Newswise — October 17, 2019 – A return to core scientific values – balancing scientific discoveries with a focus on improving patient outcomes – may help to usher in a new era of transformational change in psychiatry research. That's the message of the first in new series of essays in the September/October issue of Harvard Review of Psychiatry. The journal is published in the Lippincott portfolio by Wolters Kluwer.
"[T]ransformative progress in care of our patients will rely not only on technical breakthroughs, but also on reinstating a scientific culture that values novelty, creativity, and active mindfulness of our patients," writes Joshua L. Roffman, MD, MMSc, of Massachusetts General Hospital, Editor-in-Chief of HRP. His article inaugurates a series of brief essays under the title of 'Disruptive Innovation' – dedicated to generating new ideas and progress in psychiatry research, practice, and policy.
Some psychiatric researchers feel a "justifiable melancholy" over the lack of recent advances in prevention and treatment of major mental health disorders – especially compared to revolutionary advances made in other specialties, such as successful immunotherapy for metastatic cancers. Dr. Roffman writes, "While the reasons for this gap are multifactorial, some are iatrogenic, in that they actively discourage creative, collaborative, high-risk, high-reward research with a clear trajectory toward clinical impact." At the same time, he sees strong opportunities for meaningful translational research in psychiatry, including "big data" approaches, new genetic research techniques, and major long-term research projects.
In his essay, Dr. Roffman identifies obstacles to clinical innovation in psychiatry research, and proposes a system of key scientific values that promote innovation. He highlights key areas where he believes new approaches are needed – including grant review processes that "tend to favor more comfortable ideas through groupthink, and to disproportionately reward senior scientists."
"Indeed, it is often impossible to differentiate promising new ideas from those headed toward blind alleys without giving them some room to grow," the HRP Editor adds. "Some of the best new ideas may come from junior and mid-career investigators, but their impact can be suppressed by the formulaic and deliberate ladder of career progression in our field." He also addresses limitations of the current peer review process that tend to maintain the entrenched status quo while posing obstacles to innovation.
Dr. Roffman's essay is freely available on the Harvard Review of Psychiatry website. The editors hope their new essay series will help to "catalyze transformation" of new research approaches and technology into improved outcomes for patients. Dr. Roffman concludes: "We envision 'Disruptive Innovation' as a forum for forward-thinking clinicians, investigators, policymakers, and thought leaders to challenge orthodoxy in thoughtful and well-reasoned ways, and propose new ideas, approaches, and methods to tackle intractable problems in psychiatry."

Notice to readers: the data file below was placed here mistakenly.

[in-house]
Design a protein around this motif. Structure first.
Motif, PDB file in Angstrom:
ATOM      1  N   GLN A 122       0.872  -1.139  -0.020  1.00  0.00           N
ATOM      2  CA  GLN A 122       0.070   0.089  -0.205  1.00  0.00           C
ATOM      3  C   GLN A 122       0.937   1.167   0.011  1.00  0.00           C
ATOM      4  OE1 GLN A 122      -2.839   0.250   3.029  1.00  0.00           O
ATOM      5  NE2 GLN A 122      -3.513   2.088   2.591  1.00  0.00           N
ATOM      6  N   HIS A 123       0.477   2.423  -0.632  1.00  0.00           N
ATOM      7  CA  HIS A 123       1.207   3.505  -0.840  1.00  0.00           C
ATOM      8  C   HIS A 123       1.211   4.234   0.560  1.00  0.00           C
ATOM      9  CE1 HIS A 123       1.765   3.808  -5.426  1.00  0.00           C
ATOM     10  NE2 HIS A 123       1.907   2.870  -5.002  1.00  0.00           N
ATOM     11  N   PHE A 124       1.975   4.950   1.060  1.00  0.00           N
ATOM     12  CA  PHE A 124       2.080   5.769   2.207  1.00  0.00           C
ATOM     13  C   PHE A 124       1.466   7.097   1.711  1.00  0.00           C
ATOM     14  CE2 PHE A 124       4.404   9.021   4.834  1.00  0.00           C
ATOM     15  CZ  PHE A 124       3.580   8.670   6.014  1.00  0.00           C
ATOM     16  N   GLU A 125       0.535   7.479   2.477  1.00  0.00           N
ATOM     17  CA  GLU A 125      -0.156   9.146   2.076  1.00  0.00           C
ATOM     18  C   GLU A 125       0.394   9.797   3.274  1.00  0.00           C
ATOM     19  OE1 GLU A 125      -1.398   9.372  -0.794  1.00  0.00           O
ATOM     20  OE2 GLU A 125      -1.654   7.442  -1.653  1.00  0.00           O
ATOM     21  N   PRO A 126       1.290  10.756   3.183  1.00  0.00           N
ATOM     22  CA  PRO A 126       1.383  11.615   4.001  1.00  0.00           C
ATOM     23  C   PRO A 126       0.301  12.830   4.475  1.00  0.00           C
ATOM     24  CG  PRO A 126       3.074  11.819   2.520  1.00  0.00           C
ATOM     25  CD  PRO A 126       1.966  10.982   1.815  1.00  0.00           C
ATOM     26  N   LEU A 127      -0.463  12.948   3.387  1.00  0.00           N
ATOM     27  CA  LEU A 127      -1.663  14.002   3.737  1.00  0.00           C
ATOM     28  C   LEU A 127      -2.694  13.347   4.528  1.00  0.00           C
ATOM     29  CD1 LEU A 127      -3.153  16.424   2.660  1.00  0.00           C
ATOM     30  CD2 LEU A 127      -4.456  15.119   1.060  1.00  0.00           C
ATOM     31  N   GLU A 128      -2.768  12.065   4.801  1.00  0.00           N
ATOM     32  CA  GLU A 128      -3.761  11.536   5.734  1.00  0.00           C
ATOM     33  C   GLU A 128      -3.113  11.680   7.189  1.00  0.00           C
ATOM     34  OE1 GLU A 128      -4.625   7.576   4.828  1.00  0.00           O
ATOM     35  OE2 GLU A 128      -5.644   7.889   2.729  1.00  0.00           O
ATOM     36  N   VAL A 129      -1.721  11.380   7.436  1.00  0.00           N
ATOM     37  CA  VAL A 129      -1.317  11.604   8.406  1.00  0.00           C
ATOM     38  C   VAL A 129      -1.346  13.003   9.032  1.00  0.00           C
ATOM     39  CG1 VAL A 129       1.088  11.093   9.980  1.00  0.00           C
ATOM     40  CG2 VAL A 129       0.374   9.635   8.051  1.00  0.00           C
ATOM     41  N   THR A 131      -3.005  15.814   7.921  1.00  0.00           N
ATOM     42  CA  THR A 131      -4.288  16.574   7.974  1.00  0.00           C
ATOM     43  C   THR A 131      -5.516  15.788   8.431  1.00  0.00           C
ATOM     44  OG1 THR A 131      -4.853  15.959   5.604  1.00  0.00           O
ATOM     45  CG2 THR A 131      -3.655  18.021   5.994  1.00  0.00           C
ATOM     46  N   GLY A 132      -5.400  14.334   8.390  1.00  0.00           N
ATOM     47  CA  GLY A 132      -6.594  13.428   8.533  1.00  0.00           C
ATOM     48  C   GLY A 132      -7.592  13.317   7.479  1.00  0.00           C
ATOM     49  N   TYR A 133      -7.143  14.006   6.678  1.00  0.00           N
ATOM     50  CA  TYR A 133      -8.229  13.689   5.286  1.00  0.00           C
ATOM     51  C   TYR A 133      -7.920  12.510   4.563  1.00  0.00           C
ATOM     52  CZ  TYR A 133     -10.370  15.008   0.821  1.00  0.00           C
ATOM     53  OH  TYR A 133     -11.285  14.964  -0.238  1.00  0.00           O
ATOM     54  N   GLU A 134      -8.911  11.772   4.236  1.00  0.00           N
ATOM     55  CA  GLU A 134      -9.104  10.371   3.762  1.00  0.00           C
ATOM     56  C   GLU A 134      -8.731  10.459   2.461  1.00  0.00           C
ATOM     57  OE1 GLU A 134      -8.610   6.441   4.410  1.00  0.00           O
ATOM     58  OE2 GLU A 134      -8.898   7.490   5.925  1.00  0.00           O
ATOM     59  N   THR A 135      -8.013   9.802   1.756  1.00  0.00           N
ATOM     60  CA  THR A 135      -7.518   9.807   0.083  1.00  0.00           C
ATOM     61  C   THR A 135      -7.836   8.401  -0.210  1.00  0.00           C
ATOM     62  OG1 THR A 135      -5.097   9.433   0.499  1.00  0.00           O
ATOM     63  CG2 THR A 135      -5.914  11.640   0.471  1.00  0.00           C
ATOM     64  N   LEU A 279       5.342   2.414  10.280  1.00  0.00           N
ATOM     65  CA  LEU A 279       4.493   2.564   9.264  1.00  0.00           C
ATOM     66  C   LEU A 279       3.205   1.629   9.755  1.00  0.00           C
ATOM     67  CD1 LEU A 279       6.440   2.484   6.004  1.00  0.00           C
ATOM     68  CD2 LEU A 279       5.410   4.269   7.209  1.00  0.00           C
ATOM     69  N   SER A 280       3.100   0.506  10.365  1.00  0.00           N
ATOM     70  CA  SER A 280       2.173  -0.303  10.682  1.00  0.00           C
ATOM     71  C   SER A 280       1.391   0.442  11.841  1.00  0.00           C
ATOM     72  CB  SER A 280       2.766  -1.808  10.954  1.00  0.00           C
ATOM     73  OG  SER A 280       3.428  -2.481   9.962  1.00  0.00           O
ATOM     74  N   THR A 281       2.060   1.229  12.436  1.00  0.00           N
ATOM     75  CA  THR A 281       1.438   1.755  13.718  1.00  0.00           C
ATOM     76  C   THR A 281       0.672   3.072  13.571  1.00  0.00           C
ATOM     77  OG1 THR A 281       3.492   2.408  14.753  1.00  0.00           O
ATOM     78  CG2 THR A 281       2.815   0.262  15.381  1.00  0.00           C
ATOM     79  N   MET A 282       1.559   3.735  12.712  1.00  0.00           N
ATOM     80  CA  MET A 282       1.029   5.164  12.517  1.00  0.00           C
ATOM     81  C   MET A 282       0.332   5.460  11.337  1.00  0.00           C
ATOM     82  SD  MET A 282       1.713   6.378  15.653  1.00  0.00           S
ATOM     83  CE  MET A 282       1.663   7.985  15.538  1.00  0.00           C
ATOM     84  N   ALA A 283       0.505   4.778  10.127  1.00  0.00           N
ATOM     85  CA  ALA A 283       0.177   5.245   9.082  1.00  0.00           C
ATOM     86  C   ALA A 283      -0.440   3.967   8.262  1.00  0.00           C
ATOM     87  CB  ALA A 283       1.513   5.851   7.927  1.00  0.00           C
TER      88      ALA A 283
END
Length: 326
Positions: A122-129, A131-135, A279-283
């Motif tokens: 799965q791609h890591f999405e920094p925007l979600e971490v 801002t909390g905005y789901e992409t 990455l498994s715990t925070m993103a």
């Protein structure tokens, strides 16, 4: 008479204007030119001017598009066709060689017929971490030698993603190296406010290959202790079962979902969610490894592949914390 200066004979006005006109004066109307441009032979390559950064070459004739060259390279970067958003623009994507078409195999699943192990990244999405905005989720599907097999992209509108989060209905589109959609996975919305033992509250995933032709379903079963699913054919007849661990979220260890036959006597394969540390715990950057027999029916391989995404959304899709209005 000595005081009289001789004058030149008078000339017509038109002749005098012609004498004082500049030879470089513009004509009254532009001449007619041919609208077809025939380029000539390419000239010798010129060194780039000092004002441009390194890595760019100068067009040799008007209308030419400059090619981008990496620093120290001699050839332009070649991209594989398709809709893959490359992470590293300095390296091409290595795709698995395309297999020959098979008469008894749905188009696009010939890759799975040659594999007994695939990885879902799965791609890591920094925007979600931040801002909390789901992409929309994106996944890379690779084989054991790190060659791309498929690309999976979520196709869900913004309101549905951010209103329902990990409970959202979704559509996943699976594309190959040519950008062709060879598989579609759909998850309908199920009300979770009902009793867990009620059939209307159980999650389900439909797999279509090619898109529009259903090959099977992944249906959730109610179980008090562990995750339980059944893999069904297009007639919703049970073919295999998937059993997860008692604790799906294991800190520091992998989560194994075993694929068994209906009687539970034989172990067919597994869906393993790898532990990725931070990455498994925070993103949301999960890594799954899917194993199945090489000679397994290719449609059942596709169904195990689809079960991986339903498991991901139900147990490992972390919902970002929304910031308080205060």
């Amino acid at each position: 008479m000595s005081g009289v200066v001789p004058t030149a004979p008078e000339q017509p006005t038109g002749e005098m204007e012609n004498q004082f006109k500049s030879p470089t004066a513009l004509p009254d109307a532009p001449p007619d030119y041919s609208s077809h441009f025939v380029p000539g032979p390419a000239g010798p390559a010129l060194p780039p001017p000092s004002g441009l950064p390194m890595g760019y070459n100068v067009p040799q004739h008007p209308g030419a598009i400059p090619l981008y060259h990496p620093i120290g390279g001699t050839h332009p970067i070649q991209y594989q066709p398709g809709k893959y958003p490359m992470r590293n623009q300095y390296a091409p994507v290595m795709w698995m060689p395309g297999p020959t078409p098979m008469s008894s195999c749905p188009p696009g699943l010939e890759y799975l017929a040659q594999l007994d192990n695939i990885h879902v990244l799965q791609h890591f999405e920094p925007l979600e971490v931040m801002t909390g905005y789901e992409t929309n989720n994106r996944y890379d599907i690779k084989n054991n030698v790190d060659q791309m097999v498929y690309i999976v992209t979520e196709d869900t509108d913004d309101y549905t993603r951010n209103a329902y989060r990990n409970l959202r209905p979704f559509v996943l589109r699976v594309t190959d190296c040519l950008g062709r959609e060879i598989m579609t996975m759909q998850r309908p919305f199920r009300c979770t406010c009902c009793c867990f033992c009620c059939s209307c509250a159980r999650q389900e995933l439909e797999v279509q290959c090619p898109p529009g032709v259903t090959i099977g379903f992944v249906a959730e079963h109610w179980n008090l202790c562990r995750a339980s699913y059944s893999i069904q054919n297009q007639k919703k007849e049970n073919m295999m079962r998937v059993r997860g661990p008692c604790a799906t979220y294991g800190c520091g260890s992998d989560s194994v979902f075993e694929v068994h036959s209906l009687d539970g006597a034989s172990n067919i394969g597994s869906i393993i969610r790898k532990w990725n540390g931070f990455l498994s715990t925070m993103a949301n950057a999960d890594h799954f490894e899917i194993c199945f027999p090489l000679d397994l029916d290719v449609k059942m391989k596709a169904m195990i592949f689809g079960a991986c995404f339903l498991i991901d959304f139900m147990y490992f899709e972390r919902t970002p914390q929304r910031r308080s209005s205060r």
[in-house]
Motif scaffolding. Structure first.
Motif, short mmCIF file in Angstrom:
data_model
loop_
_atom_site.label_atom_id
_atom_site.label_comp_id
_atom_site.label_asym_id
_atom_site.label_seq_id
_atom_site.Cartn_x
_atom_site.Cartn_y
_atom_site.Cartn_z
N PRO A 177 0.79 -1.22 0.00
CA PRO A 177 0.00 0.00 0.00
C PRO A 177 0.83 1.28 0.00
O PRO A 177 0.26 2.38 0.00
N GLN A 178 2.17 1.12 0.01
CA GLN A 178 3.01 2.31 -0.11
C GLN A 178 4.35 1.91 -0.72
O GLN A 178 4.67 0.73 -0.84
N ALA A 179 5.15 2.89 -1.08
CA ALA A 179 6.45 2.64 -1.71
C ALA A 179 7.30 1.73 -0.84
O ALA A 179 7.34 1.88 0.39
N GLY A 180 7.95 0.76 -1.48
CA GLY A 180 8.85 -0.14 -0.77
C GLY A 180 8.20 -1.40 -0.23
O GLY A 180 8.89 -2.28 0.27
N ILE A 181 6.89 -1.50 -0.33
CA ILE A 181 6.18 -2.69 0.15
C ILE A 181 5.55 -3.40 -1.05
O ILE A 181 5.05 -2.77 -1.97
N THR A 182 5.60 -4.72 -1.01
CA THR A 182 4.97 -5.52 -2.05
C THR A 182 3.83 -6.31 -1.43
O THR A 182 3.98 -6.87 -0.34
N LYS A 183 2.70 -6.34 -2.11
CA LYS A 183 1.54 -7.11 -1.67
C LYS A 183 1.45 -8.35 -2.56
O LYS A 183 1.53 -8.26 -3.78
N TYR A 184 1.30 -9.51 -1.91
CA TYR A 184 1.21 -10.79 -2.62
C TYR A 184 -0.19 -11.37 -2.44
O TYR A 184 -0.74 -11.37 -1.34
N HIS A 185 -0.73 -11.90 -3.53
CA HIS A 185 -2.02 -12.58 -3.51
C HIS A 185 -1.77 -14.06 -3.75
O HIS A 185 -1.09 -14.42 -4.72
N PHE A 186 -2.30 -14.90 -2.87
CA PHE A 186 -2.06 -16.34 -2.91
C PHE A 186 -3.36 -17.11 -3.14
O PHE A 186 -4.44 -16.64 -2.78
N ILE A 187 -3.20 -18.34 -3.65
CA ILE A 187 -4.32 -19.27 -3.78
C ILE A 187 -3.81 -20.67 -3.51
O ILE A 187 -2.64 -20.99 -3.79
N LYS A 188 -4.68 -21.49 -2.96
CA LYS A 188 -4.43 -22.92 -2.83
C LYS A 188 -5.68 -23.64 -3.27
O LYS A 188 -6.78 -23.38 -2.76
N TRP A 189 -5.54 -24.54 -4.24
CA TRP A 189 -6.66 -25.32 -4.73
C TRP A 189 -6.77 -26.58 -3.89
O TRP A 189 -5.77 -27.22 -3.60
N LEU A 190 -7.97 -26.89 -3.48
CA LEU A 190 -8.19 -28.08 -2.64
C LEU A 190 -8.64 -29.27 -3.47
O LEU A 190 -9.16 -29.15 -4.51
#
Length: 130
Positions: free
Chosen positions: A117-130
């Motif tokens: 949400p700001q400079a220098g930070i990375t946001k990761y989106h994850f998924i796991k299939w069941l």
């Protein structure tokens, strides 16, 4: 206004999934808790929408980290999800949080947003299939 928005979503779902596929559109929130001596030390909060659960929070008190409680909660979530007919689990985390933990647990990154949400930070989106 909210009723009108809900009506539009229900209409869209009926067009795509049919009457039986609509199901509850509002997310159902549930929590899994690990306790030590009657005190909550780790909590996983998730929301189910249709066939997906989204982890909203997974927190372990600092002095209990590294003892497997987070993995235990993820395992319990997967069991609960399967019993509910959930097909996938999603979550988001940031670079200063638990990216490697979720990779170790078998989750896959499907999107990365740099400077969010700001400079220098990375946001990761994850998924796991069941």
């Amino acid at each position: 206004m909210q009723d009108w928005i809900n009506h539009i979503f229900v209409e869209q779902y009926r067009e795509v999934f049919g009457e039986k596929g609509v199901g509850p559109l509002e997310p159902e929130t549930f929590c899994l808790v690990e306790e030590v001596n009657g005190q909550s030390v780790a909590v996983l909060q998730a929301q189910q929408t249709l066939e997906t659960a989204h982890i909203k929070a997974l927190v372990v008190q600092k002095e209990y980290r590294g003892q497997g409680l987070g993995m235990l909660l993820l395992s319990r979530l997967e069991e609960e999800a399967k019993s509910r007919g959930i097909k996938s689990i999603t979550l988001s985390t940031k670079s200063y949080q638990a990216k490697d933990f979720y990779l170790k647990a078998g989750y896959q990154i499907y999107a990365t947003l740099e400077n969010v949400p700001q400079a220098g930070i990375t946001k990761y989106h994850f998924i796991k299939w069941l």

About the Harvard Review of Psychiatry
The Harvard Review of Psychiatry is the authoritative source for scholarly reviews and perspectives on a diverse range of important topics in psychiatry. Founded by the Harvard Medical School Department of Psychiatry, the journal is peer reviewed and not industry sponsored. It is the property of Harvard University and is affiliated with all of the Departments of Psychiatry at the Harvard teaching hospitals. Articles encompass major issues in contemporary psychiatry, including neuroscience, epidemiology, psychopharmacology, psychotherapy, history of psychiatry, and ethics.
About Wolters Kluwer
Wolters Kluwer (WKL) is a global leader in professional information, software solutions, and services for the clinicians, nurses, accountants, lawyers, and tax, finance, audit, risk, compliance, and regulatory sectors. We help our customers make critical decisions every day by providing expert solutions that combine deep domain knowledge with advanced technology and services.
Wolters Kluwer reported 2018 annual revenues of €4.3 billion. The group serves customers in over 180 countries, maintains operations in over 40 countries, and employs approximately 18,600 people worldwide. The company is headquartered in Alphen aan den Rijn, the Netherlands.
Wolters Kluwer provides trusted clinical technology and evidence-based solutions that engage clinicians, patients, researchers and students with advanced clinical decision support, learning and research and clinical intelligence. For more information about our solutions, visit http://healthclarity.wolterskluwer.com and follow us on LinkedIn and Twitter @WKHealth.
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Harvard Review of Psychiatry